Police chief Jesse Stone returns in the newest novel in Robert B. Parker's New York Times--bestselling series, and his newest case hits right at the heart of the Paradise police force.
Jesse Stone is back on the job after a stint in rehab, and the road to recovery is immediately made bumpy by a series of disturbing and apparently racially motivated crimes, beginning with the murder of an African American woman. Then, Jesse's own deputy Alisha--the first black woman hired by the Paradise police force--becomes the target of a sophisticated frame-up. As he and his team work tirelessly to unravel the truth, he has to wonder if this is just one part of an even grander plot, one with an end game more destructive than any of them can imagine.
At the same time, a mysterious young man named Cole Slayton rolls into town with a chip on his shoulder and a problem with authority--namely, Jesse. Yet, something about the angry twenty-something appeals to Jesse, and he takes Cole under his wing. But there's more to him than meets the eye, and his secrets might change Jesse's life forever.
Edgar-finalist Coleman's superior fifth Jesse Stone novel (after 2017's The Hangman's Sonnet) finds the police chief of Paradise, Mass., back on duty after two months in rehab to try to stay sober. His return coincides with a series of hate crimes, starting with the vicious beating of an African-American woman, Felicity Wileford. That her attacker wrote the word slut on her belly in lipstick suggests a connection with the first murder Stone ever handled in Paradise. A cross burning on the lawn of a mixed-race couple follows, and a group calling itself the Saviors of Society circulates flyers calling for Paradise's citizens to revolt and take back their community from the pernicious forces that have invaded it. The situation gets even more flammable when one of Stone's officers, Alisha Davis, who's African-American, guns down an apparently unarmed white man. Coleman makes the impact of these events on individuals palpable, giving this nuanced entry more emotional weight than most Spenser books. Author tour.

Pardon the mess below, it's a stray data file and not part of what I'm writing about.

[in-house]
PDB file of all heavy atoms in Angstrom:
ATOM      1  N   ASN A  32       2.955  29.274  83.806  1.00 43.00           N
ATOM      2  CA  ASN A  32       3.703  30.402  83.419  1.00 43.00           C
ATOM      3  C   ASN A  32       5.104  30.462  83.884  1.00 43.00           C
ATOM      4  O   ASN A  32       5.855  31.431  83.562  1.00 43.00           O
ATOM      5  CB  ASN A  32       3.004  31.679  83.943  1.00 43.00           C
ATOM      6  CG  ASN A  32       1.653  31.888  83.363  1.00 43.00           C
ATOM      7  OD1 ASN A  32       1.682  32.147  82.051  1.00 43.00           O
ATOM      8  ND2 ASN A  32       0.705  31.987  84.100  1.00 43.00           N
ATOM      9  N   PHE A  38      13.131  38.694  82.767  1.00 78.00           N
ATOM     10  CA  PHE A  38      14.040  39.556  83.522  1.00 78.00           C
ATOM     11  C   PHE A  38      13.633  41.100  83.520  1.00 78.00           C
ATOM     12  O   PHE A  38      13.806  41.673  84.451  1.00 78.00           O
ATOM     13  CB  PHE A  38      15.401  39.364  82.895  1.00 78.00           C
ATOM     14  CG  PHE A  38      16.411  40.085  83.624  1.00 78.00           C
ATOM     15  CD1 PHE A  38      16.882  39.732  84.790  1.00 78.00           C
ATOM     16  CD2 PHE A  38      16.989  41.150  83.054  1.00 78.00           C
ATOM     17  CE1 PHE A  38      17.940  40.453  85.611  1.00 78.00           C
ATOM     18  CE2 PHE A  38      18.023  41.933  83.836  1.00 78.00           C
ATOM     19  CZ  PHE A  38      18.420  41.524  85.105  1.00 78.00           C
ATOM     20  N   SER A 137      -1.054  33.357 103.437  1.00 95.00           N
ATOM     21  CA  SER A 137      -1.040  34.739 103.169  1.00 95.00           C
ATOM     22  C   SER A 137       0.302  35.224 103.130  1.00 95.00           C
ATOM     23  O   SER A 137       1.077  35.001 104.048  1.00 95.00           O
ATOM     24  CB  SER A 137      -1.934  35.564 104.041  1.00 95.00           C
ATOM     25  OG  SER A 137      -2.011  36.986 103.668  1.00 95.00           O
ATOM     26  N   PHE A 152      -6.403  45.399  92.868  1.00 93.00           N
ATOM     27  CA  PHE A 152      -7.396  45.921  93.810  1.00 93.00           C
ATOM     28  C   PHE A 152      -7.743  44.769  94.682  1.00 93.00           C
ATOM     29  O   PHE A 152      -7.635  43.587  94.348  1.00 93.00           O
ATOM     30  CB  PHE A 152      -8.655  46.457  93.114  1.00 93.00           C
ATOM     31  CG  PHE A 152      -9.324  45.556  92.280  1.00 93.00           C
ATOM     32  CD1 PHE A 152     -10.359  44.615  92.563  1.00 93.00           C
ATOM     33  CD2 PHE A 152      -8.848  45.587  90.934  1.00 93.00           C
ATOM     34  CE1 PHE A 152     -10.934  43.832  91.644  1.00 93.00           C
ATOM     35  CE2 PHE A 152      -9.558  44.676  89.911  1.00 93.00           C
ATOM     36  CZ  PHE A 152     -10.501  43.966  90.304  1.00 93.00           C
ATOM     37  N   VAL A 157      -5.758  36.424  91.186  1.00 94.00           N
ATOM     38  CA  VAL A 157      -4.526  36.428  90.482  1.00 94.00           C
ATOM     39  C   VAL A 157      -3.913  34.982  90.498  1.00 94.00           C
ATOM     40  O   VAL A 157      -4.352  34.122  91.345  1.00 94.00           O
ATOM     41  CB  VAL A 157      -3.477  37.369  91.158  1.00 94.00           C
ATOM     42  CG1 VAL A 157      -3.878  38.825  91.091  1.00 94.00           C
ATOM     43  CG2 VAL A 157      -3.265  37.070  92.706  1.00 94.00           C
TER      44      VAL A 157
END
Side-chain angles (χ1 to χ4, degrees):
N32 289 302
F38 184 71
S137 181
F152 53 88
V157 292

Very good, but unusual plots. Complex intrigues and twists, but very entertaining. Not a book to be read quickly, but certainly worth the effort to stick with.
As an avid devotee of Robert B. Parker I can’t imagine anyone taking his place. But Reed Coleman comes as close as I’ve ever seen. This book drew me in just like the originals. Mr. Coleman is proving to be an excellent “Parker-style” storyteller. I look forward to his next offering.
A racial primer
Robert Parker wrote wonderfully cryptic mysteries.
Cole writes lessons. This book was disappointing and unnecessary other than to blandly waste paper, and this reader’s time and money.